Rumsfeld: How Would Terrorists Explain Failures to al Qaeda?
By Donna Miles
American Forces Press Service
WASHINGTON, Sept. 30, 2005 Defense Secretary Donald H. Rumsfeld pointed to this week's open congressional hearings involving the two top generals in Iraq as an opportunity for the world to watch democracy in action. Had the tides been turned, he said, terrorists would have had some "awkward" explanations to make.
Army Gen. John Abizaid, chief of U.S. Central Command, and Army Gen. George W. Casey Jr., commander of Multinational Force Iraq, were here this week to brief President Bush, the National Security Council and Pentagon leaders about operations in Iraq and Afghanistan.
At the president's request, Abizaid and Casey also briefed the Senate and House of Representatives, whose members "were able to ask our military leaders probing questions in a very public process," Rumsfeld told Pentagon reporters today.
The secretary hailed the open forum as an opportunity to demonstrate the democratic process, but wondered aloud how the hearings might have gone if it had been al Qaeda leaders questioning the terrorists in Afghanistan and Iraq.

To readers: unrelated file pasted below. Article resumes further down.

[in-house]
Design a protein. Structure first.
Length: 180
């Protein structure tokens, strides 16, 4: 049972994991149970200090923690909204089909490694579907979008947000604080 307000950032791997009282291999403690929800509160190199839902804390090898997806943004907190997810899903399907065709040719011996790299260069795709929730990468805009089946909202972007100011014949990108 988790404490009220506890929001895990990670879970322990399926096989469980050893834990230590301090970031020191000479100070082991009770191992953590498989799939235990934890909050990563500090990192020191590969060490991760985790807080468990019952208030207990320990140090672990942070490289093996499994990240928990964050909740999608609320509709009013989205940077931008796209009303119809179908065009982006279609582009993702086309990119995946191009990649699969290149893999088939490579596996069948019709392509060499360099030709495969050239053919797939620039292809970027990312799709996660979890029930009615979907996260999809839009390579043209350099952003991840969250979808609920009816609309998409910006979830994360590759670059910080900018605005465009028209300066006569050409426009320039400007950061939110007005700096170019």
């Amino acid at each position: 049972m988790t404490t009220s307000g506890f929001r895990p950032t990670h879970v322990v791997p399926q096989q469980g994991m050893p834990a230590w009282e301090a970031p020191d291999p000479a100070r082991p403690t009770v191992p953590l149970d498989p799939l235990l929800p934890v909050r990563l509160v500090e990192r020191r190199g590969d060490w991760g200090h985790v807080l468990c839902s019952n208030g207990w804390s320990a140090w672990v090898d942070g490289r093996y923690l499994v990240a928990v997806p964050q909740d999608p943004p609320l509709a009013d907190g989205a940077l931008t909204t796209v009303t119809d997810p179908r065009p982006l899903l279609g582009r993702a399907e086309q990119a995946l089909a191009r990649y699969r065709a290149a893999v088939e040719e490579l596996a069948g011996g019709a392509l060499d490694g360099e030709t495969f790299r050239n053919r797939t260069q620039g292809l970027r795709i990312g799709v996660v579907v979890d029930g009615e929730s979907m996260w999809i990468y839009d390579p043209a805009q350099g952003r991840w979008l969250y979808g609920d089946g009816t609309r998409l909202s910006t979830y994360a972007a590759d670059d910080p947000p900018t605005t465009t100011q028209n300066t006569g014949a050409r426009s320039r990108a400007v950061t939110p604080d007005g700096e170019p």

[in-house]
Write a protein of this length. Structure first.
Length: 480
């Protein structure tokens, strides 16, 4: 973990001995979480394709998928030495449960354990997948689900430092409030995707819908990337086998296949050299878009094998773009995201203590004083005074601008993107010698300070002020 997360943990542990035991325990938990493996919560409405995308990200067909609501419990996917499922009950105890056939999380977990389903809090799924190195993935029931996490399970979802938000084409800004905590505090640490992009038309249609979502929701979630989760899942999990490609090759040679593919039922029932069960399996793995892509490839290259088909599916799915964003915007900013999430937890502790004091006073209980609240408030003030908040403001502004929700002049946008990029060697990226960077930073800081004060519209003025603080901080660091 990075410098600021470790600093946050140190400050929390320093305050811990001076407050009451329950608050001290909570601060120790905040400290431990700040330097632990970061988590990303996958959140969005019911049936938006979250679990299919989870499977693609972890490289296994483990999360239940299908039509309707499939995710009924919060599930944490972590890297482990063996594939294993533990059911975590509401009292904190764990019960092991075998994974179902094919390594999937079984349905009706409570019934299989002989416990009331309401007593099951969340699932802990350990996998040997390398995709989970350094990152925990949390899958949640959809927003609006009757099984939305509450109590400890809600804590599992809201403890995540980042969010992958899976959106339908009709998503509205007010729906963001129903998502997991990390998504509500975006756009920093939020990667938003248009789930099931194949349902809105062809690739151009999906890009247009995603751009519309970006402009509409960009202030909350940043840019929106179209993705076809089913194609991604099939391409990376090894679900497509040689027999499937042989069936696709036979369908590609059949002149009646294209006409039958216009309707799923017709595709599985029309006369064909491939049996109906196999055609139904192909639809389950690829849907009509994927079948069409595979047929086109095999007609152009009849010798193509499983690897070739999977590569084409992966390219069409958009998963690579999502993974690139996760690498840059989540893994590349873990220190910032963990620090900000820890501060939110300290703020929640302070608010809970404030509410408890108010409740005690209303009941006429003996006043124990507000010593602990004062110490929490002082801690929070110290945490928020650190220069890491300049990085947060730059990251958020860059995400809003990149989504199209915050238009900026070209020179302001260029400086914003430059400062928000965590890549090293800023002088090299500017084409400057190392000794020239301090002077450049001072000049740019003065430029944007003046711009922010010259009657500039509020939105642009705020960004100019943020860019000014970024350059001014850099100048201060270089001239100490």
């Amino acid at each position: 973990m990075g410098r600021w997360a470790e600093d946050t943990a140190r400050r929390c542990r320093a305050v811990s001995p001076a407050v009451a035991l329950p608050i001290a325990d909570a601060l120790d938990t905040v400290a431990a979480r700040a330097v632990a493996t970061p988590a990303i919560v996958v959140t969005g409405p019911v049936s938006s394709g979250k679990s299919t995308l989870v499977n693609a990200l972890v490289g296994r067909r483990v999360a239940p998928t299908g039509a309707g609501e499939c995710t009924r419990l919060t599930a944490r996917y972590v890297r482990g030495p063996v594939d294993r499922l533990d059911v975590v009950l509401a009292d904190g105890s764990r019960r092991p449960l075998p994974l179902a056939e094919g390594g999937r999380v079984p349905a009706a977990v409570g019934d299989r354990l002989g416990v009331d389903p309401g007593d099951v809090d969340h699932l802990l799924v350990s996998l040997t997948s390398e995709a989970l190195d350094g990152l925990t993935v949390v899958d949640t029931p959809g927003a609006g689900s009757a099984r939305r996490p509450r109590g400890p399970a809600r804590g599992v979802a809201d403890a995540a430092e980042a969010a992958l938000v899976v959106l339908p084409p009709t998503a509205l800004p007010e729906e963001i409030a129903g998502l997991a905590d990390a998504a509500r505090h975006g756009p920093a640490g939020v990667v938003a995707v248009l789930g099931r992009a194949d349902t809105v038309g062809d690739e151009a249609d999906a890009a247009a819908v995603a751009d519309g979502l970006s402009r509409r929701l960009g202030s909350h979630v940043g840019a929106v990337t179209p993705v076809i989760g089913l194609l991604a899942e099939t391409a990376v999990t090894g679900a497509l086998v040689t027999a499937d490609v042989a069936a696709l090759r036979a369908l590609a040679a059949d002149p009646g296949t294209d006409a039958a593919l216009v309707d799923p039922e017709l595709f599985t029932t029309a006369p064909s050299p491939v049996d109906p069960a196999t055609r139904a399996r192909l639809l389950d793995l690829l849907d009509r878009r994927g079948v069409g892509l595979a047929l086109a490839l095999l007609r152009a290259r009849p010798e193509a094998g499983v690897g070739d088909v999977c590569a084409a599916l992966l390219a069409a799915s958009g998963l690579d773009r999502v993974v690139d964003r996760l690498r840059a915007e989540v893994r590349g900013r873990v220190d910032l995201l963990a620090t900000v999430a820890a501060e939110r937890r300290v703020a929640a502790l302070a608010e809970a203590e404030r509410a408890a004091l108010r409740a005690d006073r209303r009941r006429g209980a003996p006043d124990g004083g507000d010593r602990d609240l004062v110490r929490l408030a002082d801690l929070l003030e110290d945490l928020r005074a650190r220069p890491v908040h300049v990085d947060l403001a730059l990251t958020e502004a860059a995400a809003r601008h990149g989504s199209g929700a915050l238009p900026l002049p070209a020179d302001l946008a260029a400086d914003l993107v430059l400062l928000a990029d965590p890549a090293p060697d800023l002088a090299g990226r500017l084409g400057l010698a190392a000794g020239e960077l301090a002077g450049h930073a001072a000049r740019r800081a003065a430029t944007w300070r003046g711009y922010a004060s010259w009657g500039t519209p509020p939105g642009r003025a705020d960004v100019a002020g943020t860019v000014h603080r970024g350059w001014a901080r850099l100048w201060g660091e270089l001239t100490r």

"If they were called to account for the state of their strategy, consider what might have been asked of them," Rumsfeld said. He proposed several lines of questioning, including:
- Why did they fail to stop millions of Afghans and Iraqis from voting in free elections?
- Why had Iraqi Sunnis, natural allies of the insurgents, decided, "albeit belatedly, to energetically embrace the political process, registering (to vote) in large numbers?"
- Why had the terrorists failed to prevent nearly 200,000 Iraqis and 75,000 Afghans from joining their countries' security forces despite efforts to prevent them from doing so?
- And why had the vast majority of Afghans and Iraqis "rejected the terrorists' twisted ideology" to support efforts to build new societies?
Rumsfeld acknowledged that line of questioning "could be awkward," because "by every one of those measurements, the enemy is losing."
On the other hand, democratic progress remains steady in both Iraq and Afghanistan, the result of "patience, the adaptability, the resilience and the grit" of the coalition and the people of Iraq and Afghanistan, the secretary said.
"Today, these two countries are joining a growing list of free nations that are fighting terrorism," he said, noting that the world is watching.
"Millions of their neighbors haven taken notice of the reforms under way in these rising and predominantly Muslim democracies," Rumsfeld said. "These are important achievements."